Saturday, April 27, 2019

The NFVF belatedly hands a win to the Someone to Blame documentary as the 13th Saftas Best Documentary Short prize; says it will try to improve its vetting and submission processes.

South Africa's embattled National Film and Video Foundation (NFVF) on Thursday evening belatedly awarded Someone to Blame - The Ahmed Timol Inquest and producer Enver Michael Samuel's EMS Productions a Golden Horn trophy for 2019's 13th South African Film and Television Awards, with the organisation trying to fix the shambles, saying that it will try to improve its vetting and submission processes.

The NFVF's highly embarrassing and shambolic 13th Saftas once again had many problems, including the abrupt dumping of the Best Documentary Short category that wasn't awarded on the night in March 2019 - with no prior notification to the media or South Africa's film and TV industry.

The NFVF, Saftas organisers and its Instinctif PR agency paid to liaise and communicate to the media, took days to respond about the category's unexplained absence from the 13th Saftas.

In February the NFVF announced the three nominees in the Best Documentary short category as "Follow the Guns" from Combined Artistic Productions producing Carte Blanche on M-Net (DStv 101) and that broadcast it on Carte Blanche, Someone to Blame - the Ahmed Timol Inquest from EMS Productions CC that was seen on SABC3, and Scenes from a Dry City from SaltPeter Productions CC.

Then a content ownership fight started with the NFVF, funded by the department of arts and culture - without alerting the public - decided to withdraw the category from the 13th Saftas after it failed to do proper vetting of content entered into its Saftas competition.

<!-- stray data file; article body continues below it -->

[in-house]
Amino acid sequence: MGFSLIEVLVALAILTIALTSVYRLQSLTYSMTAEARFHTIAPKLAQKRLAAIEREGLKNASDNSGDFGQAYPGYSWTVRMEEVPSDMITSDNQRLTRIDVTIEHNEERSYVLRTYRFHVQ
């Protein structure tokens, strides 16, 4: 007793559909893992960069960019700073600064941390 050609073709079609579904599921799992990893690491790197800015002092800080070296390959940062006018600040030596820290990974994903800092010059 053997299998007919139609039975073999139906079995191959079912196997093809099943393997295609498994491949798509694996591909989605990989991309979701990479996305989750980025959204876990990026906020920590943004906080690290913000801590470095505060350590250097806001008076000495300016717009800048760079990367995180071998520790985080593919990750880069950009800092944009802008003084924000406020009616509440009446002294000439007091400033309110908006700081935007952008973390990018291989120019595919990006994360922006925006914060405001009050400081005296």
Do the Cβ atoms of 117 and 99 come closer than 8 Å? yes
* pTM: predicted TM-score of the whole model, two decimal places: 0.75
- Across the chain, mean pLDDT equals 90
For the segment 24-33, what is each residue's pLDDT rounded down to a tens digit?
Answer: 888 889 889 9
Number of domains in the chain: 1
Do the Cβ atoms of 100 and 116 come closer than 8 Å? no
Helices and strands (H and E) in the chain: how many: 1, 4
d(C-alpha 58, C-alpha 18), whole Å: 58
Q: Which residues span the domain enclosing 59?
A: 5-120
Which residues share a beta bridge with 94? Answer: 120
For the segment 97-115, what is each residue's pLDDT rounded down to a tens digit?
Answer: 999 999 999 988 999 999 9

Last week the NFVF said that M-Net's Carte Blanche entry in the Best Documentary Short category for the 13th Saftas has now been disqualified and removed and that the NFVF will now choose a winner from the remaining two nominees.

On Wednesday, giving the media only a day's notice, the NFVF's Instinctif PR agency invited the media to a belated prize-giving dinner at the Maslow Hotel in Sandton for the 13th Saftas in Johannesburg where Someone to Blame - the Ahmed Timol Inquest from EMS Productions CC was announced as the winner.

Makhosazana Khanyile, the new NFVF CEO, said that the NFVF will try to improve its vetting processes and submission criteria for the Saftas.

It's not clear why the NFVF, Saftas organisers, and the Saftas overall judging chairpersons, the producer Firdoze Bulbulia and actress and playwright Thembi Mtshali-Jones haven't been doing proper vetting of Saftas entries.

Meanwhile scandals like what happened with this year's Best Documentary Short category, continue to negatively impact the already-low credibility of the amateur-looking South African Film and Television Awards.

For the 13th Saftas producers and production companies once again kept to their boycott of the awards with more joining, with things like the botched Best Documentary Short process lending credence to upset producers who say that the organising, standards, and judging processes are simply not up to scratch.

"We are committed to relooking our processes, including our vetting and submission criteria to ensure that local filmmakers are provided with firm protection of their intellectual property right rights," said Makhosazana Khanyile.

Makhosazana Khanyile said the NFVF is "glad to have awarded this award to a very deserving winner" and that "Someone to Blame is an exceptional documentary, telling the important story of one of South Africa's liberation heroes".